1.On June 18, 2020 the High Court sitting at Meru (Mabeya, J) rendered a judgment in favour of the applicants herein as against the respondent whereby the applicants were each awarded Kshs 4,400,000 as damages for defamation. The appellants (respondents in the application) immediately lodged a Notice of appeal on June 22, 2020. Learned counsel for the applicants, nonetheless, claim that the said notice of appeal was never served on them as demanded by Rule 77(1) of the Rules of this Court. Counsel for the respondents also filed an application before the High Court seeking stay of execution of the said judgment after warrants of attachment were issued towards execution of the decree.
2.The learned Judge (Mabeya, J) granted the orders sought but on condition that the respondents deposited 8.8 million in a joint interest earning account in the joint names of the parties’ advocates within 14 days in default of which the stay orders would be vacated.
3.It would appear that after getting the stay orders the respondents failed to pursue the substantive appeal to the applicants’ prejudice as they are unable to enjoy the fruits of their judgment.
4.The applicants have moved this Court vide the notice of motion dated November 16, 2020 under Rule 83 of the Rules of this Court seeking in the main orders that:
5.The application is predicated on the grounds on its face and supported by the affidavit of Joel Mutuma Kirimi dated November 16, 2020. The gist of the grounds on the face of the application, and the depositions in the supporting affidavit, is that the appellants served the Notice of appeal out of time; the letter requesting for proceedings was sent out of time and the Record of appeal was also filed 148 days out of time without leave of the Court.
6.According to the applicants, as at the time they filed the application now before us, the Record of appeal had not been lodged or served on them, and the delay of 148 days has not been explained. Hence the prayers sought.
7.The application is opposed through the replying affidavit sworn by Millicent Ngetich, the Company secretary and Head of legal department of the appellants on the January 20, 2023. She depones that a copy of the notice of appeal and the letter requesting for the proceedings were copied to the applicants on June 19, 2020, and on June 22, 2020. Annexed to her affidavit is the email sent to the Deputy Registrar of the High Court requesting for proceedings. The said email is copied to counsel for the respondents. There is also an mpesa receipt sent to the court for payment made to court for the typing of the proceedings.
8.There is also on record a hard copy of a letter dated 19th June addressed to the Deputy Registrar requesting to be supplied with the proceedings and a copy of the judgment only a day after delivery of the impugned judgment, which letter was sent to the respondents’ counsel as an attachment to the email. It is the respondents’ case that the Notice of appeal was served by email and so was the letter bespeaking proceedings and the Notice of appeal were both filed and served in time as reflected in their annexures.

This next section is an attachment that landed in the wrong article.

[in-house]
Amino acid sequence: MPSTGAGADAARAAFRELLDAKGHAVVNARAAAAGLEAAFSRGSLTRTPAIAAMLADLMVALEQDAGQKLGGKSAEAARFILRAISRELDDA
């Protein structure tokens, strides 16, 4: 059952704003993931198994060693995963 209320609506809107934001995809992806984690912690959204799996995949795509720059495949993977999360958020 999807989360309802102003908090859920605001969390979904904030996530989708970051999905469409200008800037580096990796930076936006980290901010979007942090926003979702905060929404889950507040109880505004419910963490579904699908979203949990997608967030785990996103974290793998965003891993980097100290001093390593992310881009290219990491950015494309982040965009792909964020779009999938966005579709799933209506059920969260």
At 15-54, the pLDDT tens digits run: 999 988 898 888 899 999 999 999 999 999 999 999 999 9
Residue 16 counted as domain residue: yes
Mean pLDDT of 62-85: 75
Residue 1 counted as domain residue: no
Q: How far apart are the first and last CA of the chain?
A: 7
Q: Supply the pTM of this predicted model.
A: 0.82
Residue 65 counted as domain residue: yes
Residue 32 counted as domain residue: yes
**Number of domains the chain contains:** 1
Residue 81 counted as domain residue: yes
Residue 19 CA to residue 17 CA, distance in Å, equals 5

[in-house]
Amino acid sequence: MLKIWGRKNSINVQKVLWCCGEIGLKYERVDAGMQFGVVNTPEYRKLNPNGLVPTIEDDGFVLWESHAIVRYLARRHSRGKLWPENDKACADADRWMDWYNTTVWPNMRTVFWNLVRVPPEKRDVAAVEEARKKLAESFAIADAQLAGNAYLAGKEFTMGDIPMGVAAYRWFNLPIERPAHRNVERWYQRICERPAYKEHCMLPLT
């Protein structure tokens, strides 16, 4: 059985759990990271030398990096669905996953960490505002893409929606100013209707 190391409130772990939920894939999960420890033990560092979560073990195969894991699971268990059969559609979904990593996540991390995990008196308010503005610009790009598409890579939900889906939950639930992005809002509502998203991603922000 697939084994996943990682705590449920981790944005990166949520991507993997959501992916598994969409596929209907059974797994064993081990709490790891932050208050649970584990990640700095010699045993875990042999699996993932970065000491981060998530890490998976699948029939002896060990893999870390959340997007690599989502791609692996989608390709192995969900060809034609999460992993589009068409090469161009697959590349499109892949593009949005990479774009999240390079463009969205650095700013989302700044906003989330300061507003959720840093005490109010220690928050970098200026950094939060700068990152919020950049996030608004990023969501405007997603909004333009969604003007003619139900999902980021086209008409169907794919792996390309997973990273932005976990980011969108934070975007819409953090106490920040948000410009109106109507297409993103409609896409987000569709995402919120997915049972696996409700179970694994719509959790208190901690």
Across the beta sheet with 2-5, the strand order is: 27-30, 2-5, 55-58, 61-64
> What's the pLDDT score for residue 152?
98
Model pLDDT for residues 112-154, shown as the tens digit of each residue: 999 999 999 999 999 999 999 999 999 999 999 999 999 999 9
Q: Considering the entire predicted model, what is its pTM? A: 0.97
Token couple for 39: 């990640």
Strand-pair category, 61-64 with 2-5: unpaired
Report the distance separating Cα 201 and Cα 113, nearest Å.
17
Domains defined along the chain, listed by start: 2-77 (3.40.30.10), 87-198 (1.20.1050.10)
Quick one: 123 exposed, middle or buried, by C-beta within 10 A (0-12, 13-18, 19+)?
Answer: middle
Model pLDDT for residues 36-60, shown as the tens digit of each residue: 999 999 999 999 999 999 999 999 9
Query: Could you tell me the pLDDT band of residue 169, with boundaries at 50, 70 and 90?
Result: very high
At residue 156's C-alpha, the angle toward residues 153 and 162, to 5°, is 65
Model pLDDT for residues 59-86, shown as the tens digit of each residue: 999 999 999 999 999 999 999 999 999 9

9.Ms Ngetich avers that their counsel on record continued following up on the proceedings, but they were not informed that the proceedings were ready for collection until they learnt from the respondent through a replying affidavit they filed in respect of another application before the High Court. They immediately wrote to the court and requested to be supplied with the said proceedings for purposes of preparing a certificate of delay. They contend that, if, indeed, there was any delay, then that can only be blamed on the Deputy Registrar of the High Court, and not on counsel for the respondent. After several correspondences between counsel for the respondents and the Registrar of the High Court, a certificate of delay was finally issued on December 11, 2020. The certificate of delay annexed to the replying affidavit indicates that the proceedings were ready for collection on September 25, 2020. This would mean that the respondents had 60 days from September 25, 2020 within which to file the record of appeal. The Record of appeal was filed on November 24, 2020, which fell within the 60 days permitted by Rule 84 of the Court of Appeal Rules 2022.
10.Both parties filed submissions pursuant to directions given by the Court. At the plenary hearing of the application on January 31, 2023 learned counsel Mr Walukwe appeared for the applicants while Mr Bwire appeared for the respondents. They both made brief highlights of their submissions. We have considered the application in its entirety along with the written and oral submissions and the applicable law.
11.From the record before us, it is clear that this matter was one of the very early appeals that was subjected to e-filing following Covid -19. The new process was still on trial mode and had not been perfected. This is clear from the correspondence which shows that there was some confusion as to stamping documents served through email. The confusion around the sudden shift from manual filing and service to the unfamiliar e-filing cannot be visited on any of the parties herein.Counsel for the respondents complied with the directions issued by the Court on e-filing and on line service of documents. From our appreciation of the annexures we have mentioned above, we are satisfied that the Notice of appeal and the letter bespeaking proceedings were filed and served on time. We also find that the certificate of delay was properly issued and that from the computation, the Record of appeal was actually filed on time, as submitted by counsel for the respondents.
12.In view of our findings above, there is no basis for us to deem the record of appeal as withdrawn or to strike it out. This application is devoid of merit, and it is accordingly dismissed with costs to the respondents.